El Niño, more predictable than previously thought


Good news. It seems that the prevailing pessimism about the predictability of El Niño may be misplaced. The strong climatic, economic and societal impact of El Niño climate events mean that their prediction is important. But current forecasts, based on data from the past three decades, achieve useful prediction at lead times of only 6-9 months. Chen et al. have carried out retrospective forecasts of El Niño for the period 1856-2003 using an improved ocean-atmosphere coupled model, and were able to predict all the prominent El Niños up to two years in advance. The notorious El Niño events of the late nineteenth century, implicated in the deaths of millions in India, Asia and South America, were retrospectively predicted by a numerical model for the first time.

Predictability of El Niño over the past 148 years Dake Chen et al. Nature 428, 733 – 736 (15 April 2004);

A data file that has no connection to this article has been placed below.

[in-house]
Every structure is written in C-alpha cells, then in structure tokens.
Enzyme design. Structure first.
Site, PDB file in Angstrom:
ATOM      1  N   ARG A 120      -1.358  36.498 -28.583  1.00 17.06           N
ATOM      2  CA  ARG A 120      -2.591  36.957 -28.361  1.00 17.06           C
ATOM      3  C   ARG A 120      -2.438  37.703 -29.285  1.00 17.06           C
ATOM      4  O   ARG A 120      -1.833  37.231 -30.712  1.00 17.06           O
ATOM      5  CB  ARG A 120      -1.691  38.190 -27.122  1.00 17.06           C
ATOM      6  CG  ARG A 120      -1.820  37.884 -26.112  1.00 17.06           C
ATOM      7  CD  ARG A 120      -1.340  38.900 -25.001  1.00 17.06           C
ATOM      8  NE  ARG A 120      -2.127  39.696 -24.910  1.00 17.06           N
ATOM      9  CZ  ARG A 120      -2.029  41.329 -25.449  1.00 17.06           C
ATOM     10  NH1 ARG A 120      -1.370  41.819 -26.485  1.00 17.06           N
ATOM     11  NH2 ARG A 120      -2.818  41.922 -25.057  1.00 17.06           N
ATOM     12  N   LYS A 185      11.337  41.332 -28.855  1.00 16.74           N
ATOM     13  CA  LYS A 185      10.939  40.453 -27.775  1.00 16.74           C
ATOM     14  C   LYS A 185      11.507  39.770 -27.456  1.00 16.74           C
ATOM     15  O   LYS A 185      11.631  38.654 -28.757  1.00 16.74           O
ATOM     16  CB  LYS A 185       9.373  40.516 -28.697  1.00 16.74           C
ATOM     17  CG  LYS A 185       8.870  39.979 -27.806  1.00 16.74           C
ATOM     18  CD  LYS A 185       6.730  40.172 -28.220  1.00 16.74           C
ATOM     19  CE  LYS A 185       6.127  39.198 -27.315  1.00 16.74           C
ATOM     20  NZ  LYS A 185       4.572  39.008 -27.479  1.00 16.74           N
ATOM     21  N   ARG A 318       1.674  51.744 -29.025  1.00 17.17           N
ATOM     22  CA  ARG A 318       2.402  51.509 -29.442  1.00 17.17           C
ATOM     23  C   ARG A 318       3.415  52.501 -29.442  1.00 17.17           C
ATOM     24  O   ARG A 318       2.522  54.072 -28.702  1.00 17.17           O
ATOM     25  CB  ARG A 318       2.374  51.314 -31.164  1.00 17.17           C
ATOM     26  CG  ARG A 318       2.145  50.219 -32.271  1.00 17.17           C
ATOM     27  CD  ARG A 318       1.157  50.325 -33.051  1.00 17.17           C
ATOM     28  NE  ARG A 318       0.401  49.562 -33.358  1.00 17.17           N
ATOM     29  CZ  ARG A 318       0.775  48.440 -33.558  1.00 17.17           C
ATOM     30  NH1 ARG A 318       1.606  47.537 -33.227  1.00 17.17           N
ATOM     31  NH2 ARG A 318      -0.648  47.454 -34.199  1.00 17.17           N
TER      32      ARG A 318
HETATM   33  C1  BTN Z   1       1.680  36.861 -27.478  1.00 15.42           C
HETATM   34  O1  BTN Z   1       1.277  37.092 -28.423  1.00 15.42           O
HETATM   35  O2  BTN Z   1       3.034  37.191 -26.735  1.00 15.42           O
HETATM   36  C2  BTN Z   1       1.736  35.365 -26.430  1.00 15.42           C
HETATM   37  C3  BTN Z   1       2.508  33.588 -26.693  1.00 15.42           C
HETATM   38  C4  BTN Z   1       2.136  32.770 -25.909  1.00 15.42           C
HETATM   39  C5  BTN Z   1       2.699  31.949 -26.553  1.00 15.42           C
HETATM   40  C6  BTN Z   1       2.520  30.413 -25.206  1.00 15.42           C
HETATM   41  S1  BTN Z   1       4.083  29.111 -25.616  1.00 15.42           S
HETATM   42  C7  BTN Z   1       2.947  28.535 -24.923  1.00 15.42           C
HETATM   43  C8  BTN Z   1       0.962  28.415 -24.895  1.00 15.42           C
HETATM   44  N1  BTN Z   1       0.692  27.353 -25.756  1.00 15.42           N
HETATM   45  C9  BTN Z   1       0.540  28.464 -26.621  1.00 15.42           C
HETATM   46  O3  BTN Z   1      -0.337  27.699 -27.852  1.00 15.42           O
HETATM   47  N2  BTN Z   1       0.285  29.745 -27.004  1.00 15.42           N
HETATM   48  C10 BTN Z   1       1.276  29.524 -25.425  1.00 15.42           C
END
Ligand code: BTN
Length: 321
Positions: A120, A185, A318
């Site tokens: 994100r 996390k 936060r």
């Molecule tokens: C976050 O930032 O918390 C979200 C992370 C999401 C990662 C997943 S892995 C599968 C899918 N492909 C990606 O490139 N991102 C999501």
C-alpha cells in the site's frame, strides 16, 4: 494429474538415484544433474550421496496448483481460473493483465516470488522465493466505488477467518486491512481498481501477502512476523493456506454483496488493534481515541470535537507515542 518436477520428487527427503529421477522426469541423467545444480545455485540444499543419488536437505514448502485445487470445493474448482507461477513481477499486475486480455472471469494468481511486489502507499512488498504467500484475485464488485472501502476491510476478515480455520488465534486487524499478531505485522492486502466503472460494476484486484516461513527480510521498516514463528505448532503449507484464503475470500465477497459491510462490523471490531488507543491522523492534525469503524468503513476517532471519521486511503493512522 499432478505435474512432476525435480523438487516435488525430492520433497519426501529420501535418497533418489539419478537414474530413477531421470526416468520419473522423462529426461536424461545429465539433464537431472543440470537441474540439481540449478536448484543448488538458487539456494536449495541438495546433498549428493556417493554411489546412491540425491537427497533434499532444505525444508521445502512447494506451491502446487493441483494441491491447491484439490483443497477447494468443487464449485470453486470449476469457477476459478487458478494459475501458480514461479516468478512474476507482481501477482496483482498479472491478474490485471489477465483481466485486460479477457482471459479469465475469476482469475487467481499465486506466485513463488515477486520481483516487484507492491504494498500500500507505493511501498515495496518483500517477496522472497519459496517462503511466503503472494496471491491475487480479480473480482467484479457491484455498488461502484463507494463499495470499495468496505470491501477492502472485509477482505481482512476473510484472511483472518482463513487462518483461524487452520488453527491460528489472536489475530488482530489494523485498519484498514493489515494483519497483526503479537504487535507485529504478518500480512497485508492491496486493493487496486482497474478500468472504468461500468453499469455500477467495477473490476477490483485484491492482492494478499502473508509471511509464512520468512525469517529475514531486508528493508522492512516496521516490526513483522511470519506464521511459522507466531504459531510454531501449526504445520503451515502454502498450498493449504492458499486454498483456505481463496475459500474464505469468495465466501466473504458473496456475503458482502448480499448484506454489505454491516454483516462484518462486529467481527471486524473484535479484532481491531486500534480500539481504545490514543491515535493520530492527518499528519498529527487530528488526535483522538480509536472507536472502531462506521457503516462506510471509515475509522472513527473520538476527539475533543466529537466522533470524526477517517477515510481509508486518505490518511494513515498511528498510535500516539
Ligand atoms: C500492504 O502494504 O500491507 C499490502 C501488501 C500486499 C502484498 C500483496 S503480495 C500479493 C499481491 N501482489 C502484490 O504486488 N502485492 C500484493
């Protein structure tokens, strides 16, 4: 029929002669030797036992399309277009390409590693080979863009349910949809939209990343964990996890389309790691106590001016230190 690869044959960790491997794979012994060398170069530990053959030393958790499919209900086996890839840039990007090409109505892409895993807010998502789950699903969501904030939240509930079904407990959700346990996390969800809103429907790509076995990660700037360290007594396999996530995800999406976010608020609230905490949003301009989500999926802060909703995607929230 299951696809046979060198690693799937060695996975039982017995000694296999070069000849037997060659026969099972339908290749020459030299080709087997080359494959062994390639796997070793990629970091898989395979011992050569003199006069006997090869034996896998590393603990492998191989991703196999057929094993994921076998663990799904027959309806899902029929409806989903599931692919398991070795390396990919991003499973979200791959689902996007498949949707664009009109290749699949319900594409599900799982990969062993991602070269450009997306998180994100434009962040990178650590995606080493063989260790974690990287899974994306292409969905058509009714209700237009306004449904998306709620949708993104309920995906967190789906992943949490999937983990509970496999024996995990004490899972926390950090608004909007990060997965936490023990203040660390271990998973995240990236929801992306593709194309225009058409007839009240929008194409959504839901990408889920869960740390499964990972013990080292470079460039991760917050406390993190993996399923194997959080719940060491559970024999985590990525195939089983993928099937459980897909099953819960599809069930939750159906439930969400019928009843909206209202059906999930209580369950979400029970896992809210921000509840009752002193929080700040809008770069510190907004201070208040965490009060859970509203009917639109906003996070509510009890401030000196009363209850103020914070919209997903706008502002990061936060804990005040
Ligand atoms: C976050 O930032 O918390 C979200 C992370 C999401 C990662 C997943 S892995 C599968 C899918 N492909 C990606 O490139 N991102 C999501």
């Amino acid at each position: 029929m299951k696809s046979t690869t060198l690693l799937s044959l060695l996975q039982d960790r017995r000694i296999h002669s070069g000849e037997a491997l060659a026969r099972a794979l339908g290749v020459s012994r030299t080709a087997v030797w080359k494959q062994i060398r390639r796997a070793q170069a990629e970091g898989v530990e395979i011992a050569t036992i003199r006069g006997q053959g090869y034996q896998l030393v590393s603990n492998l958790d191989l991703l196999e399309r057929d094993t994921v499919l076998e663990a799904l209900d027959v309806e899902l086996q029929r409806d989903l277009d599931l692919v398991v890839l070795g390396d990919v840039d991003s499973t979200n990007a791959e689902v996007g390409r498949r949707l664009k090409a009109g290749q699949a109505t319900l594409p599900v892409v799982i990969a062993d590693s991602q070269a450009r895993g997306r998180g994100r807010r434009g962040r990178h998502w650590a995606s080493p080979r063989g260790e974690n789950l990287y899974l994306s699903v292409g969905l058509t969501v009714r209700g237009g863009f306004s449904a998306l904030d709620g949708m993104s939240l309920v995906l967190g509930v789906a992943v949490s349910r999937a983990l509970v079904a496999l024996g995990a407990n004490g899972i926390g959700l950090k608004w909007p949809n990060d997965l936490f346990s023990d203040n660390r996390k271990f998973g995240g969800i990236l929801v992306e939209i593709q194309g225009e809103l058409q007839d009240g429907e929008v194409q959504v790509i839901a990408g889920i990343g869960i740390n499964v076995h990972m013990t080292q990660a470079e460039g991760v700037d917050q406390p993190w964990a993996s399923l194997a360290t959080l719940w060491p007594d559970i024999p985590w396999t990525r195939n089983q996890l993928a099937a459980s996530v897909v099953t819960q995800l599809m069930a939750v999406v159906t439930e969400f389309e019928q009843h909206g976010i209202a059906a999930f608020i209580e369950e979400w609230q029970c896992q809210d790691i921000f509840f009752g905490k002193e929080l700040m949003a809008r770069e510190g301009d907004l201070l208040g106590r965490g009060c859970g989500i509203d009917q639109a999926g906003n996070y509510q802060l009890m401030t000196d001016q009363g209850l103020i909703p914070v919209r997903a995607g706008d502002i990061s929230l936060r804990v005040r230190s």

Forecasts of El Niño climate events are routinely provided and distributed, but the limits of El Niño predictability are still the subject of debate. Some recent studies suggest that the predictability is largely limited by the effects of high-frequency atmospheric ‘noise’, whereas others emphasize limitations arising from the growth of initial errors in model simulations. Here we present retrospective forecasts of the interannual climate fluctuations in the tropical Pacific Ocean for the period 1857 to 2003, using a coupled ocean-atmosphere model. The model successfully predicts all prominent El Niño events within this period at lead times of up to two years. Our analysis suggests that the evolution of El Niño is controlled to a larger degree by self-sustaining internal dynamics than by stochastic forcing. Model-based prediction of El Niño therefore depends more on the initial conditions than on unpredictable atmospheric noise. Although westerly wind bursts do affect the exact onset time and perhaps the amplitude of El Niño, the gross features of ENSO seem to be coded in the large-scale dynamic state. Our results favour the interpretation that the enhanced wind burst activity in the boreal spring preceding large El Niño events is a consequence of those ongoing events. We conclude that throughout the past century, El Niño has been more predictable than previously envisaged.